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How Long Does It Take To Get A Building Permit In the City of Boulder?

photography by Christina Kiffney Photography

How Long Does It Take To Get A Building Permit In the City of Boulder?

We get this question all the time.  The general understanding most homeowners have is that permits are difficult to procure and it’s unclear what the steps are to get one, which is not untrue.  There is a load of paperwork and information that one must gather to submit a permit application which is why most of our customers are happy to let us deal with the rigorous permit application process.  This post isn’t about what’s required for a building permit; rather, I want to take some time to honestly answer the question: How long does it actually take?

First off, it’s important to understand that different towns and areas of Boulder County have different jurisdictions that deal with building permits.  For example, properties outside of any city limits are considered to be in unincorporated Boulder County.  You must apply for building permits with the Boulder County building department.  The cities of Boulder and Louisville have their own building departments and their own zoning rules.  Then there is the town of Niwot, which is too small to have it’s own building department so it refers to Boulder County’s building department.  Lastly, you should also check to see if your home is part of an HOA (Home Owners Association) or other organization that has its own subset of rules.  You will need approval from these entities before you can apply for the overarching jurisdiction’s permit.  In short, if you’re looking to get a building permit, make sure you know which jurisdiction you’re in, and that you understand the specific rules for your area. 

Briefly, I’d like to address when you need a building permit.  The short answer is that you need a permit if you’re doing any significant work to your home.  Structural changes, plumbing, electrical, and HVAC changes all require a permit.  Here’s the link to the city’s answer to this question.

The rest of this post focuses on the City of Boulder’s building department, since this is the area where we do most of our projects.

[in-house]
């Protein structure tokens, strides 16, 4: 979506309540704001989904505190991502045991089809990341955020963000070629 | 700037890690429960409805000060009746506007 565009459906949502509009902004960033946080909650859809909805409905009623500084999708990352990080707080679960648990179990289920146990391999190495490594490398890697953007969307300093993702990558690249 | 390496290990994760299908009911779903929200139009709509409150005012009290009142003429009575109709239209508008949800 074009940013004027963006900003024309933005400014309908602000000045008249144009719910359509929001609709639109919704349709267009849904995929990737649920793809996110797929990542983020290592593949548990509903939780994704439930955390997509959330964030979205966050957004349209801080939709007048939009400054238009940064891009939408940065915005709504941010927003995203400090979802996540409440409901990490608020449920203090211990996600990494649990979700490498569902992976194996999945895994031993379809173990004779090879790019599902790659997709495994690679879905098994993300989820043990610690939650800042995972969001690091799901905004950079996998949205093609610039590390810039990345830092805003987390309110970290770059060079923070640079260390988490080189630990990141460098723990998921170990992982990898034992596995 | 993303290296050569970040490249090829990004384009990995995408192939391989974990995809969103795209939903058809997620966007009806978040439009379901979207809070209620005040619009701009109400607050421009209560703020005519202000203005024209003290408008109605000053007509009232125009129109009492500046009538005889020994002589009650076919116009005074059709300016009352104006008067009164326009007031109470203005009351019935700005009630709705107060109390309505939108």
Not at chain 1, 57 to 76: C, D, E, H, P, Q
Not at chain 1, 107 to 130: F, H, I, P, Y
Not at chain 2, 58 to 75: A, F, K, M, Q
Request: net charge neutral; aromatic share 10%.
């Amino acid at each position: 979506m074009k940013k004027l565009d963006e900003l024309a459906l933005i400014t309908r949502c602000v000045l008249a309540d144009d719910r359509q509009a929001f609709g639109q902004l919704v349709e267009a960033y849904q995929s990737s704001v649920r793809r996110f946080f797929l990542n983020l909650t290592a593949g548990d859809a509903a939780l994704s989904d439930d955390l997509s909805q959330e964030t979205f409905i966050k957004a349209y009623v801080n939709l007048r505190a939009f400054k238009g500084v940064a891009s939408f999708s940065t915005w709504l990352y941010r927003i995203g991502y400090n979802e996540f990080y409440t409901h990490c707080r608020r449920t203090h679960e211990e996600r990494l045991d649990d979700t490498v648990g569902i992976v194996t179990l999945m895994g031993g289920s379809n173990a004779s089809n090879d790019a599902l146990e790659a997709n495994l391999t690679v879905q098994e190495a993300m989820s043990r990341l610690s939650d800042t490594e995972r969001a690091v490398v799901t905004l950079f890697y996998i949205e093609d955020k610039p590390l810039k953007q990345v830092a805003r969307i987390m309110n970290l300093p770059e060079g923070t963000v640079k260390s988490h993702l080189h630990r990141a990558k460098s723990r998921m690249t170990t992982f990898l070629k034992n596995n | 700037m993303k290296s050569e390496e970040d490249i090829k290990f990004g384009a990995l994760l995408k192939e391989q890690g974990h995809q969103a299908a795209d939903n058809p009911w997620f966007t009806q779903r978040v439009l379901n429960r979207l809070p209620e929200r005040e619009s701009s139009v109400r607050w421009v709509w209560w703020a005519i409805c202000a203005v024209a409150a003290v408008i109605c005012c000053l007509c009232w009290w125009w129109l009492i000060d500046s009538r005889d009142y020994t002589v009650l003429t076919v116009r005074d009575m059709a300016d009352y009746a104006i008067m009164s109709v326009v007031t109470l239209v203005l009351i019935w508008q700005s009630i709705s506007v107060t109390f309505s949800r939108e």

Due to COVID, the city’s building department physical location is closed.  All applications are done online.

Here’s a flowchart from the city’s website.  Phases 1-8 show the process to get a permit.

Not all projects are the same, however.  There are a few key initial steps that are not shown on this flowchart that may be required. If your home is older than 50 years old and you’re changing the front of your home, you have to go through a Landmark’s review, which takes a few weeks.  Another step that some projects require is a variance if your project doesn’t fit inside the prescribed parameters for your area.  Some subdivisions are in what’s called a PUD (Planned Urban Development).  PUDs have their own rules and it requires a certain type of variance to be approved before you can submit for the building permit.  Another type of project that’s getting more popular is an ADU (Accessory Dwelling Unit).  This has its own permit application that must be approved before you apply for the actual building permit to do the work.  Variances and ADU permits can take 2-4 months to get approved.  This has to happen before you can apply for the building permit.

Here’s a breakdown of time frames that we’re currently experiencing for building permit applications:

  • Once you’ve got all your preliminary approvals, variances, engineering and architectural drawings ready, you can submit for the building permit permit (step 1).
  • It then takes 2-3 weeks for the COB (City of Boulder) to create your case (step 2 in the flow chart).  Then you pay your review fee online (step 3).  Then you upload all your documents (Step 4).  
  • Assuming your application is complete (step 5), you will probably need to wait 8-12 weeks to hear back from the COB (step 6).
  • In our experience, we always have to do the resubmittal phase (step 7).  The city reviewers are usually looking for additional information or clarifications.  SoBo’s goal is to resubmit as soon as possible.  After we resubmit, it usually takes another 3 weeks to get permit approval.  
  • Then you pay the remaining fees (step 8) and wait about 1 week for the permit to be issued (step 9)
  • Then you’re good to start building! 

In conclusion, from the moment when all permit application documents and drawings are ready to submit, we’re finding it takes about 4 months to get a building permit.  ADUs, alterations in a PUD, and variances can add another 2-4 months to the process.  

To end this post, here’s some language from the COB’s building department website:

“2020 has been a year of change and transition. P&DS (Planning and development services) is working to address community needs during COVID-19, and has had to reduce staff levels due to revenue shortfalls related to the pandemic. We know that you have been impacted too.

In addition, staff are working to optimize business processes to improve the customer experience. In the coming months, P&DS staff teams will be participating in intense work efforts designed to build new business processes. Prioritizing this important work will impact our services standards in the short-term, but will lead to long-term benefits, including increased efficiency, improved customer service and cost savings.

We are asking for your patience during this time as we explore bold and transformational ideas. Thank you for understanding and for partnering with us to offer service excellence for an inspired future .”

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